Ask Ubuntu is a question and answer site for Ubuntu users and developers. It's 100% free.

Sign up
Here's how it works:
  1. Anybody can ask a question
  2. Anybody can answer
  3. The best answers are voted up and rise to the top

While editing text documents I need to put time stamps frequently. I thought of automating it in 2 different ways. None of these seem to be working.

  1. Using nautilus-actions

I set up a new right-context action which runs the command date|xclip

enter image description here

This right-context doesn't show up when I right click in other applications (such as terminal, or browser). Moreover when it appears, and I click on it, it doesn't do anything.

  1. Using keyboard shortcut

I setup a new keyboard shortcut which is supposed to execute date command but doesn't.

enter image description here

Any pointers?


share|improve this question
up vote 7 down vote accepted

GNOME keyboard shortcuts should work.

Here's why what you tried didn't work: Your keyboard shortcut runs the date command, but does nothing with the output (which just gets discarded). You should pipe it to xclip, as date | xclip to copy it to the X selection (not clipboard). Then you can paste it into your document by middle-clicking. If you want to be able to use Ctrl-V, instead use date | xclip -selection c to copy it to the actual clipboard.

Another alternative is to use xdotool to type the date directly into your document. Assign to your shortcut

xdotool type "$(date)"

Then, when you press the shortcut key, it will calculate the current date and type the characters it into your document.

For ISO 8601 format, use xdotool type "$(date --rfc-3339=s)".

If it doesn't work: Because these are shell commands (as opposed to executables), you might have to pass the command to bash when specifying them in your shortcut. Your command would then be:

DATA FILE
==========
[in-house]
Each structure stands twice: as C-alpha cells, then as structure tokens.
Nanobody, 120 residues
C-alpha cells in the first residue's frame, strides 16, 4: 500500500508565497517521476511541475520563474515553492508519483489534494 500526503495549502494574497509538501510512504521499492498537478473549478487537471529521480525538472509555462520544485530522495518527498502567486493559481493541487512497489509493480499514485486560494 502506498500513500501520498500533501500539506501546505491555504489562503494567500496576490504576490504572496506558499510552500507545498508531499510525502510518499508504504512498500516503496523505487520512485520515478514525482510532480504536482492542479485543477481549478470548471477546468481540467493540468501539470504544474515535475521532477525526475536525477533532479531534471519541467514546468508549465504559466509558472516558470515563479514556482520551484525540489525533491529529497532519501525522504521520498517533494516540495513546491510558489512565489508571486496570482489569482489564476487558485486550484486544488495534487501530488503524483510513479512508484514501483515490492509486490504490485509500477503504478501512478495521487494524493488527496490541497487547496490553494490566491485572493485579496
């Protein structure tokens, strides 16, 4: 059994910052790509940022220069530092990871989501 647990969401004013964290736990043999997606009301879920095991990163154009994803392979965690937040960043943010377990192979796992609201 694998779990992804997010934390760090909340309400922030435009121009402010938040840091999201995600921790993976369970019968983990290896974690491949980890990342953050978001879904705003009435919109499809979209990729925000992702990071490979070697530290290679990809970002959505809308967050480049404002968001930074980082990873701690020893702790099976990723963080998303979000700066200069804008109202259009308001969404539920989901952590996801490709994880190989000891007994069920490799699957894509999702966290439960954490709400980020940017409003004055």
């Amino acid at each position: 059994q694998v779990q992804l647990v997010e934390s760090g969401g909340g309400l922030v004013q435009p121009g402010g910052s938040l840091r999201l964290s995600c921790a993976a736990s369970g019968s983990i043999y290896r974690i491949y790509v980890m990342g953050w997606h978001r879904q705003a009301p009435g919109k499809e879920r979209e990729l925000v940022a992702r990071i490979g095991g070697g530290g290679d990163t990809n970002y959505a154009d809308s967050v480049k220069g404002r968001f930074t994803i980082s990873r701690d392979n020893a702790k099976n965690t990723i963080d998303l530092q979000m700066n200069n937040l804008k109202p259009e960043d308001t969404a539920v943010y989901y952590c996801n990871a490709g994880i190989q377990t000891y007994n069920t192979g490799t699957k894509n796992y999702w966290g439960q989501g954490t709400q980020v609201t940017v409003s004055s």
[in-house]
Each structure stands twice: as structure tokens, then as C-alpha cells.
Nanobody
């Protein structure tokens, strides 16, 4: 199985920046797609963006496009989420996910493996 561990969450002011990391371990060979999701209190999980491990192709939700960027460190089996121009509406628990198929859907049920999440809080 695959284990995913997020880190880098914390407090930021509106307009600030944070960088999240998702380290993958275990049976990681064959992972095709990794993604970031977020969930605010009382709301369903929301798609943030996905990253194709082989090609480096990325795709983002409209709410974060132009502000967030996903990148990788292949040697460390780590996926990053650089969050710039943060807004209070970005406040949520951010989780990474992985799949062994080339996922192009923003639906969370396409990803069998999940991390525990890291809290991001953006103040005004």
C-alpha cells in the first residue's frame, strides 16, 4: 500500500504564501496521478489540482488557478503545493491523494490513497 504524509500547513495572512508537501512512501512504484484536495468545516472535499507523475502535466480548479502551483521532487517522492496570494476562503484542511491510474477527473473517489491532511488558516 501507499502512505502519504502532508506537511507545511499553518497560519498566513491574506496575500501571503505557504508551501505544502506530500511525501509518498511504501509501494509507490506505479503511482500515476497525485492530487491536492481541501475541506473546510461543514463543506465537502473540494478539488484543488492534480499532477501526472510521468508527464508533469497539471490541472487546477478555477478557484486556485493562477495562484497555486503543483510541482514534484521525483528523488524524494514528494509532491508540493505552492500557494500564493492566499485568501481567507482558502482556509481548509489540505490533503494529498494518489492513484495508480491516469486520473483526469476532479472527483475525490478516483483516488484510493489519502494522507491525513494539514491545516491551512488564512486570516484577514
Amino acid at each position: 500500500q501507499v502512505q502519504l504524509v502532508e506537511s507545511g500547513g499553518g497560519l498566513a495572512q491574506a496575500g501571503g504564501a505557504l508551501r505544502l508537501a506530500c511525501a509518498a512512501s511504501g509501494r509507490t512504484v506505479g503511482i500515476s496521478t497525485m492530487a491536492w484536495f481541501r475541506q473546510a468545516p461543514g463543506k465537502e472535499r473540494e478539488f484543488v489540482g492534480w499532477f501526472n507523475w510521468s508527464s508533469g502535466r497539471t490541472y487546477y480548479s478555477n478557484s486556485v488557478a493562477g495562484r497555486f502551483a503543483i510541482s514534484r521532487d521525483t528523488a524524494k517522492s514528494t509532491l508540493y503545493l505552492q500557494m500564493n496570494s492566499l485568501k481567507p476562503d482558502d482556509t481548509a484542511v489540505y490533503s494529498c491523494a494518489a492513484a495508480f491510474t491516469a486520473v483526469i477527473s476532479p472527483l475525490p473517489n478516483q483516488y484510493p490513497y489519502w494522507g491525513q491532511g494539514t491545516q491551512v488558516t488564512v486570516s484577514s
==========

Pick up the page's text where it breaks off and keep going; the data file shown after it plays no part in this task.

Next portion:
bash -c 'xdotool type "$(date --rfc-3339=s)"'
share|improve this answer
Thanks. Tried it. But it's not working. I assigned the shortcut to CTRL+; and I click this particular combination on desktop and then I click CTRL+V (say in gmail) but it doesn't paste. Do I have to restart laptop? – user13107 Jan 7 '13 at 7:02
@user13107: It turns out that by default, xclip copies the text not to the clipboard, but to the X selection. To paste it, use middle-click rather than Ctrl-V. – Mechanical snail Jan 7 '13 at 7:11
Using bash -c did the trick but there is some kind of delay in typing. When I click the shortcut, complete timestamp is not typed using xdotool. Some initial numbers are eaten up e.g. 1-07 15:14:35+08:00or 013-01-07 15:14:35+08:00 – user13107 Jan 7 '13 at 7:16
Yes, the {xclip, middle-click} solution works! But it still needs me to click twice. One for keyword shortcut, another for middle-click. I don't know why xdotool seems to give glitches. Thanks, anyways! – user13107 Jan 7 '13 at 7:24
@user13107 I had the same issue. After some trial and error I ended up with the command bash -c 'date | xclip -selection clipboard && xdotool key 'ctrl+v'' that works perfectly. – Immanuel Weihnacht May 22 '13 at 2:26

I've been successfully using this as a custom keyboard shortcut assigned to Ctrl+Shift+D:

bash -c 'sleep 0.3 && xdotool type "$(date -u +%Y-%m-%d_%H:%M:%SZ)"'

I found adding a slight delay solved the issues with missing initial characters, and doesn't pollute my clipboard.

Note that I'm using a slightly customized version of RFC 3339/ISO 8601 format: I often use this in contexts where I want to avoid the space in date's RFC 3339 output, but I find the T that separates the date from the time in ISO 8601 timestamps rather unintuitive and difficult to read, so I find an underscore works well.

share|improve this answer

Your Answer


By posting your answer, you agree to the privacy policy and terms of service.

Not the answer you're looking for? Browse other questions tagged or ask your own question.